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Lough Derg Lifeboat in Two Separate Call Outs for Engine Failures

3rd July 2011
Lough Derg Lifeboat in Two Separate Call Outs for Engine Failures
On Saturday evening, July 2, Lough Derg RNLI lifeboat, Toshiba Wave Warrior, went to the assistance of two persons, when their vessel suffered engine failure and was drifting in the Urra Channel just outside Dromineer Bay.

On Saturday July 2, Lough Derg RNLI Lifeboat launched, following a request by Valentia Coast Guard, to assist two persons on board a 22ft motor cruiser, that had suffered engine failure and was drifting close to rocks on the Urra shore. The Lifeboat with helm Eleanor Hooker, Ger Egan and Dom Sharkey on board, launched at 19.30hrs. Winds were southwesterly, Force 2. The lifeboat arrived on scene 19.35hrs. The two persons were safe and unharmed and both wearing life-jackets. The vessel was taken under tow, and tied safety alongside at the public harbour at Dromineer at 19.55hrs. The skipper of the vessel thanked the lifeboat crew and said that when he 'saw smoke coming from the engine, he had no option but to cut the power and call for help". He was reassured by the crew that he had done the right thing. The lifeboat returned to station and was ready for service again at 20.20hrs.

At 17.23hrs on Friday July 1, Lough Derg RNLI Lifeboat was requested to launch by Valentia Coast Guard, to assist two persons in difficulty in the water, after their jet ski failed close by the Scilly Islands, at the south-western end of Lough Derg. The Lifeboat with helm Peter Clarke, Eleanor Hooker and Ger Egan on board, launched at 17.35hrs. Soon after launching, the lifeboat was informed that a lakeboat was also going to the assistance of the persons in the water. The lifeboat arrived on scene 17.55hrs. The crew spoke to fishermen in the only lakeboat in the vicinity. The fishermen had no English but conveyed to the crew that they had taken the jet ski and the persons to a landing place on the Tipperary shore. Lifeboat crew searched the Tipperary shoreline indicated by the fishermen, including private harbours, but were unable to locate the jet-skiers or their jet-ski. The Coast Guard were unable to make contact with the person who had called in the request for help. The lifeoboat was stood down at 18.10hrs. The lifeboat returned to station and was ready for service again at 18.40hrs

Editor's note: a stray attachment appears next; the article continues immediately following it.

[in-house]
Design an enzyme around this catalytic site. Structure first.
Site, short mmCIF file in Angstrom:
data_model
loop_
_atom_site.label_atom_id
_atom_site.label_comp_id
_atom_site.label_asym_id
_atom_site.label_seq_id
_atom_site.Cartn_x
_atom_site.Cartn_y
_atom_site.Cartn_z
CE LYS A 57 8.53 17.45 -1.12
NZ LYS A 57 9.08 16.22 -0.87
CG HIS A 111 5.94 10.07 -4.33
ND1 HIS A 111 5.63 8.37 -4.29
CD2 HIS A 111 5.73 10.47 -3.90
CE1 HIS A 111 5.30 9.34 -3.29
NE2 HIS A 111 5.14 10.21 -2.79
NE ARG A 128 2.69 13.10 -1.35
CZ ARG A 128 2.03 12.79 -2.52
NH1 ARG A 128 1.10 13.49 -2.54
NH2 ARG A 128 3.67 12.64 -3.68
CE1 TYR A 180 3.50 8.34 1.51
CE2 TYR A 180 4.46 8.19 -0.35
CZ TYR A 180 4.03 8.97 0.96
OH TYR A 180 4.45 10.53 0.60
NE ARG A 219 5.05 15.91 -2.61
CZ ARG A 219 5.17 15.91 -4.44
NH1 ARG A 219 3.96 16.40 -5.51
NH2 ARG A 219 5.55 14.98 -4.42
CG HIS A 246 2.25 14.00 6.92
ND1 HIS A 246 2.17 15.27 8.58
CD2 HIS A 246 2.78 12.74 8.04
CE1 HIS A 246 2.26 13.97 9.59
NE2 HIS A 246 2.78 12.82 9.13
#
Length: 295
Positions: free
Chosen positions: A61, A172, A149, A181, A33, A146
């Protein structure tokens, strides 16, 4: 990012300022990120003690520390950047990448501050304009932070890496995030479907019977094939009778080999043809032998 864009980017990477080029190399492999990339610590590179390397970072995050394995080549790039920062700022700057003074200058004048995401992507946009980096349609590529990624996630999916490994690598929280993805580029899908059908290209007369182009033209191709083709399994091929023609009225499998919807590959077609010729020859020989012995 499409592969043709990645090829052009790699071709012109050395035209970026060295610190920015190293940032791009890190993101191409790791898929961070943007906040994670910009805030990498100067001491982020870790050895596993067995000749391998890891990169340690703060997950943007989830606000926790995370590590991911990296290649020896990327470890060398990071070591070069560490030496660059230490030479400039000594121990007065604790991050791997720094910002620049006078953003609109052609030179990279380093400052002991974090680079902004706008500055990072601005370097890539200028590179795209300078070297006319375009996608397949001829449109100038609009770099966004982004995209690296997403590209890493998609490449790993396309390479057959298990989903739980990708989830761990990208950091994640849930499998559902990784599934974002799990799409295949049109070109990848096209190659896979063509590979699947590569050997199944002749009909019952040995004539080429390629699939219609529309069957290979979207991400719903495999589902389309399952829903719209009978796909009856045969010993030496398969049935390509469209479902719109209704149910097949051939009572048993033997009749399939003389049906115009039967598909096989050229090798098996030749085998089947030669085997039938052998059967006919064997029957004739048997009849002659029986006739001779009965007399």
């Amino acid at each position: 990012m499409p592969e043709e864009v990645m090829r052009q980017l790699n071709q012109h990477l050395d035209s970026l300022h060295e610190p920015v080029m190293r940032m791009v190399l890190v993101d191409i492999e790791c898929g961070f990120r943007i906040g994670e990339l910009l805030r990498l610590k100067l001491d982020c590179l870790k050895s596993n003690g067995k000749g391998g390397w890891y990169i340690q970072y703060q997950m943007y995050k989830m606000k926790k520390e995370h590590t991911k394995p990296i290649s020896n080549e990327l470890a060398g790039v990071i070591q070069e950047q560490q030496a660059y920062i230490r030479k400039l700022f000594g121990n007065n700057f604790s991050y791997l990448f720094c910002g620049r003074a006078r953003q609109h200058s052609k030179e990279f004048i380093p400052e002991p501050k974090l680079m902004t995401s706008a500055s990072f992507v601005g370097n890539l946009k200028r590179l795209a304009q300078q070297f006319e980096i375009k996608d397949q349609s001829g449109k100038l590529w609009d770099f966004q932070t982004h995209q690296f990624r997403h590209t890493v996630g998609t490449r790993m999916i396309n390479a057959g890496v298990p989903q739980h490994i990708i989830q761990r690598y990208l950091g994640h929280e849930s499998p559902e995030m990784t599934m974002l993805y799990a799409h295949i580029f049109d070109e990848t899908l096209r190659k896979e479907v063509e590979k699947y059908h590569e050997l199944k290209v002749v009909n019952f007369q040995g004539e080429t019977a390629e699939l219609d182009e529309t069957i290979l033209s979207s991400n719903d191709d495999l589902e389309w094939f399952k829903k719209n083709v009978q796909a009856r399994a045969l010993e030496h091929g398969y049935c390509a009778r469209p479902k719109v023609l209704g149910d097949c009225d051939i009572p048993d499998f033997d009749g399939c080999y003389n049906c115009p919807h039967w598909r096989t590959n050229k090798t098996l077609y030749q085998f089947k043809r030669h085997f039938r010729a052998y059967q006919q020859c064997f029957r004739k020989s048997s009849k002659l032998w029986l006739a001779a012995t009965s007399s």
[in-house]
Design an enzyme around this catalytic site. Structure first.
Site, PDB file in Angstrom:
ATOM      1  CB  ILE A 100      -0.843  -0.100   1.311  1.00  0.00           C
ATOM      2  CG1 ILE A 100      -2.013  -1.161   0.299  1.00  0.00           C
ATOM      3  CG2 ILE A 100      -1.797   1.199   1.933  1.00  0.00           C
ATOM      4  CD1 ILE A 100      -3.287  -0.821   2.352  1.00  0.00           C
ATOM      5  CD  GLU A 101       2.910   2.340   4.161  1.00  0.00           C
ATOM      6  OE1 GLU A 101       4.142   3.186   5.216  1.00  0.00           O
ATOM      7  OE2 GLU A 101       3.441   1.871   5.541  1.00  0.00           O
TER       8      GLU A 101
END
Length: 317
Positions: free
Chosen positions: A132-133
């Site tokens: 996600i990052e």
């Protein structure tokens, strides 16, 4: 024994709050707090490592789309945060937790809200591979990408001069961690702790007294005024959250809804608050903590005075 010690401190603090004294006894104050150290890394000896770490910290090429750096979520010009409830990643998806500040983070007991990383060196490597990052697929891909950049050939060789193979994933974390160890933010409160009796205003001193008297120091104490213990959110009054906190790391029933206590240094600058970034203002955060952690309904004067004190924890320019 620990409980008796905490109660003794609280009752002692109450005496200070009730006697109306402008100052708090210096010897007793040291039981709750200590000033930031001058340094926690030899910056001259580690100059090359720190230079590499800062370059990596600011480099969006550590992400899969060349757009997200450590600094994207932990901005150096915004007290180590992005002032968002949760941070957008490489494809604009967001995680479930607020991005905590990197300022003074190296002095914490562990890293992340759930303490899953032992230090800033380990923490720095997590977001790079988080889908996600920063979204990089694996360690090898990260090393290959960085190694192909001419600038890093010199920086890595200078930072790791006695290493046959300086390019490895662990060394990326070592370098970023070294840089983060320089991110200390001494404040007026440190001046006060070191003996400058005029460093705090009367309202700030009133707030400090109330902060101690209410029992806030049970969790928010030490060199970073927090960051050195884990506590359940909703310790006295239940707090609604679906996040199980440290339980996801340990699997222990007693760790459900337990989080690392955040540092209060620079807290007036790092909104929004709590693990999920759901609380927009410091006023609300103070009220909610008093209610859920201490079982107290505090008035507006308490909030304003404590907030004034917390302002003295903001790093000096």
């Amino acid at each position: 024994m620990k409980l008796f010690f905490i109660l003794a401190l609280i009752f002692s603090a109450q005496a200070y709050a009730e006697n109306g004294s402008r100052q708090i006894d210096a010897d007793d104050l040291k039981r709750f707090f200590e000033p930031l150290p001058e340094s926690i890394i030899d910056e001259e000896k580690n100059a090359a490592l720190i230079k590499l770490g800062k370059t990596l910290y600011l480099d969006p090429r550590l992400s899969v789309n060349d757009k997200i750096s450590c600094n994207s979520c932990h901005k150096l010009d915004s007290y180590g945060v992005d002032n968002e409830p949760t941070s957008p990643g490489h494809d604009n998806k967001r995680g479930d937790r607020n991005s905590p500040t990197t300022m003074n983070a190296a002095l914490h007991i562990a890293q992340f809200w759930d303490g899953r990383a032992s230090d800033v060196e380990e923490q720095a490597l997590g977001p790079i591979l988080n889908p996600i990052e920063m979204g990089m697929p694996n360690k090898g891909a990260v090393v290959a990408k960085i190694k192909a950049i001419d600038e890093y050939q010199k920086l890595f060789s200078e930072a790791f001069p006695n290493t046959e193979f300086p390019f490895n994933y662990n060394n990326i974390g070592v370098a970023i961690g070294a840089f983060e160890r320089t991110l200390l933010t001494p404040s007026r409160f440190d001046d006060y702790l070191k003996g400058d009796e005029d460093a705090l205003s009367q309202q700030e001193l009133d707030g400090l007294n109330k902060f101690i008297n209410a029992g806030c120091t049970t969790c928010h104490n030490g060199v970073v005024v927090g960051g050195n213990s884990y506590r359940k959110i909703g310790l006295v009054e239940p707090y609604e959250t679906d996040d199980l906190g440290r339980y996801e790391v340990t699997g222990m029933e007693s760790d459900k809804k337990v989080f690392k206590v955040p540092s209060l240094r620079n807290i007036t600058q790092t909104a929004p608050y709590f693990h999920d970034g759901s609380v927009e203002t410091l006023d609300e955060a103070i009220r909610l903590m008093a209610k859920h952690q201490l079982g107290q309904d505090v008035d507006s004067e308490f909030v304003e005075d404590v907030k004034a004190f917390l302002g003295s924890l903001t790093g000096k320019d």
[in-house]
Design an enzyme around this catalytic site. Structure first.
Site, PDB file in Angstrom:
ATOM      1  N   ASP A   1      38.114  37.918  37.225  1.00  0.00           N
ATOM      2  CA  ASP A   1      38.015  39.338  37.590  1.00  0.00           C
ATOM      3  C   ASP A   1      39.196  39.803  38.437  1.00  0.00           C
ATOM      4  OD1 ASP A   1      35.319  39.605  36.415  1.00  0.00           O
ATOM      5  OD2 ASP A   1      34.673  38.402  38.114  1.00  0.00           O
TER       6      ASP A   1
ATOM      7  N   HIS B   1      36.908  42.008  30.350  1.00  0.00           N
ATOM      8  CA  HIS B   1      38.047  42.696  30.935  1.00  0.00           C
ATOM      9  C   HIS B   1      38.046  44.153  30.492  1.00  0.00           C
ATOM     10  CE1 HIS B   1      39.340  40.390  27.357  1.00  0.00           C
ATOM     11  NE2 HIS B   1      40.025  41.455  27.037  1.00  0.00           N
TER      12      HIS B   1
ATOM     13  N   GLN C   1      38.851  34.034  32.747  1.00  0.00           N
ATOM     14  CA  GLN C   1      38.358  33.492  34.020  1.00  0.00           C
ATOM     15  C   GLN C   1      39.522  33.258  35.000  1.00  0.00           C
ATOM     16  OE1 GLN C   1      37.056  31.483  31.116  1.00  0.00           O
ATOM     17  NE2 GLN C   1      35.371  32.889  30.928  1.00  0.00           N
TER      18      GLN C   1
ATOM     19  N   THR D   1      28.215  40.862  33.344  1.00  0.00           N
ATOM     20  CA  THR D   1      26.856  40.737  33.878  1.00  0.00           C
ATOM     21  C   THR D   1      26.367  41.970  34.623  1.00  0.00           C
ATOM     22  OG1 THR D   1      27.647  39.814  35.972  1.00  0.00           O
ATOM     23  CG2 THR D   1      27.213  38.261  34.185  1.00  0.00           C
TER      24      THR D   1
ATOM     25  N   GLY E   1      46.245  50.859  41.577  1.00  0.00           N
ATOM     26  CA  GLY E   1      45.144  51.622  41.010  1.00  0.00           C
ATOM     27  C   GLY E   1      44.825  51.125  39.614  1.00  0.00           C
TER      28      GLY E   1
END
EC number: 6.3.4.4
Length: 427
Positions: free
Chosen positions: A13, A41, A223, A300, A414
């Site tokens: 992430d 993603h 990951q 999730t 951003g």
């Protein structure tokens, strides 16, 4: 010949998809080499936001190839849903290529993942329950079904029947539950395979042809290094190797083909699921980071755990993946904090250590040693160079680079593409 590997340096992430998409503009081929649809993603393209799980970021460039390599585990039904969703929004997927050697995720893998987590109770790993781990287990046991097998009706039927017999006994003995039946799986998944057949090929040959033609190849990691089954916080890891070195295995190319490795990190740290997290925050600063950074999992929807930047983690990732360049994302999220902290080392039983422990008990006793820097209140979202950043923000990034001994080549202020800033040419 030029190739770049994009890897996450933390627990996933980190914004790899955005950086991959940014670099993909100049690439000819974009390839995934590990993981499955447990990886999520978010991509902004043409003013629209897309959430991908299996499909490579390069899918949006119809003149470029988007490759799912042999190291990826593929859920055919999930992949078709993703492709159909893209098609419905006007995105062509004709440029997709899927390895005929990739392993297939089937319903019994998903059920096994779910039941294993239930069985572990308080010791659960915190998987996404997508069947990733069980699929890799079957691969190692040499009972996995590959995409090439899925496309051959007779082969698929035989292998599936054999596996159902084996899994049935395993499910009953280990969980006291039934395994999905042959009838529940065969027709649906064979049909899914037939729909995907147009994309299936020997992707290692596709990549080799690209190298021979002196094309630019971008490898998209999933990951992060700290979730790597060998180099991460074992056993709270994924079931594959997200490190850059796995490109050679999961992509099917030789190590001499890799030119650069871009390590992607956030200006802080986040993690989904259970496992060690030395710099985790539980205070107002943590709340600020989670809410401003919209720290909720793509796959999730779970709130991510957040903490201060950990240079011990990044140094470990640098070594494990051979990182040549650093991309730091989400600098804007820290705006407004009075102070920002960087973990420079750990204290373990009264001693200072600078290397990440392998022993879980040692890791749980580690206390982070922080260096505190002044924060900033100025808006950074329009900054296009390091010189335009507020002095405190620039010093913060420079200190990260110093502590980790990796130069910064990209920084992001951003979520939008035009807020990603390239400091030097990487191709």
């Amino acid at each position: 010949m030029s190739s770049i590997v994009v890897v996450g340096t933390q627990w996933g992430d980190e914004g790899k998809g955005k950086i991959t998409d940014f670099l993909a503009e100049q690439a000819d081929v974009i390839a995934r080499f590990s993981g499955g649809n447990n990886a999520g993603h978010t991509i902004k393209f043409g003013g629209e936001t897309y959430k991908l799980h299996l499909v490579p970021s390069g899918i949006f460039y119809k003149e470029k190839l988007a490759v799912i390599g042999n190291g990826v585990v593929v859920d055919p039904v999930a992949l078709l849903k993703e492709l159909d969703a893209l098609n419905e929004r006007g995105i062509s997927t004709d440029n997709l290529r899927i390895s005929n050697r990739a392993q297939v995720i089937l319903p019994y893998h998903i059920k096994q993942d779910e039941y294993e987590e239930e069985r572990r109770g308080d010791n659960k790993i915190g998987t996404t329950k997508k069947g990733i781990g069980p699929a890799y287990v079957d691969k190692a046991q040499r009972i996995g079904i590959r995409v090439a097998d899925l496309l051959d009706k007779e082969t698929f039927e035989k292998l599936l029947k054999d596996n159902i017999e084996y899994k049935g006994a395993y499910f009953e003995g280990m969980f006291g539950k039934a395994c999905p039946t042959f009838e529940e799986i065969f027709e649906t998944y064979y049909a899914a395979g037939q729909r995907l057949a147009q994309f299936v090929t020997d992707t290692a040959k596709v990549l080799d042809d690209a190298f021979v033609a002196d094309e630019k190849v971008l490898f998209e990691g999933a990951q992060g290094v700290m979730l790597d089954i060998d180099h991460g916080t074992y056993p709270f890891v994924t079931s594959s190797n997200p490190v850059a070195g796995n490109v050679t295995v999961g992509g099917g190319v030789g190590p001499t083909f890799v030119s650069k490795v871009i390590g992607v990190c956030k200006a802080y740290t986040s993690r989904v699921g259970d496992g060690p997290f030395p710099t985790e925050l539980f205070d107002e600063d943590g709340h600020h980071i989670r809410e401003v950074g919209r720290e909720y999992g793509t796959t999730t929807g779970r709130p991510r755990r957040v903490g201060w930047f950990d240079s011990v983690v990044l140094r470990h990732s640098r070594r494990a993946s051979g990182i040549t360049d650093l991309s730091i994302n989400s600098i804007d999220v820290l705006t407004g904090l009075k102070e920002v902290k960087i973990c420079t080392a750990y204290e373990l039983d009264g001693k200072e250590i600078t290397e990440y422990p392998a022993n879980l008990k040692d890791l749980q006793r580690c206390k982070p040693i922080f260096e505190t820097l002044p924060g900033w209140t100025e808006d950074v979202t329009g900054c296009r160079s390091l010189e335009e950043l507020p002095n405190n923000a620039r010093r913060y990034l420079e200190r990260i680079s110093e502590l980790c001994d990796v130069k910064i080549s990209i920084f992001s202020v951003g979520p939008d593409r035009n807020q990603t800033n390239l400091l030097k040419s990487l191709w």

Published in RNLI Lifeboats
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Royal National Lifeboat Institute (RNLI) in Ireland Information

The Royal National Lifeboat Institution (RNLI) is a charity to save lives at sea in the waters of UK and Ireland. Funded principally by legacies and donations, the RNLI operates a fleet of lifeboats, crewed by volunteers, based at a range of coastal and inland waters stations. Working closely with UK and Ireland Coastguards, RNLI crews are available to launch at short notice to assist people and vessels in difficulties.

RNLI was founded in 1824 and is based in Poole, Dorset. The organisation raised €210m in funds in 2019, spending €200m on lifesaving activities and water safety education. RNLI also provides a beach lifeguard service in the UK and has recently developed an International drowning prevention strategy, partnering with other organisations and governments to make drowning prevention a global priority.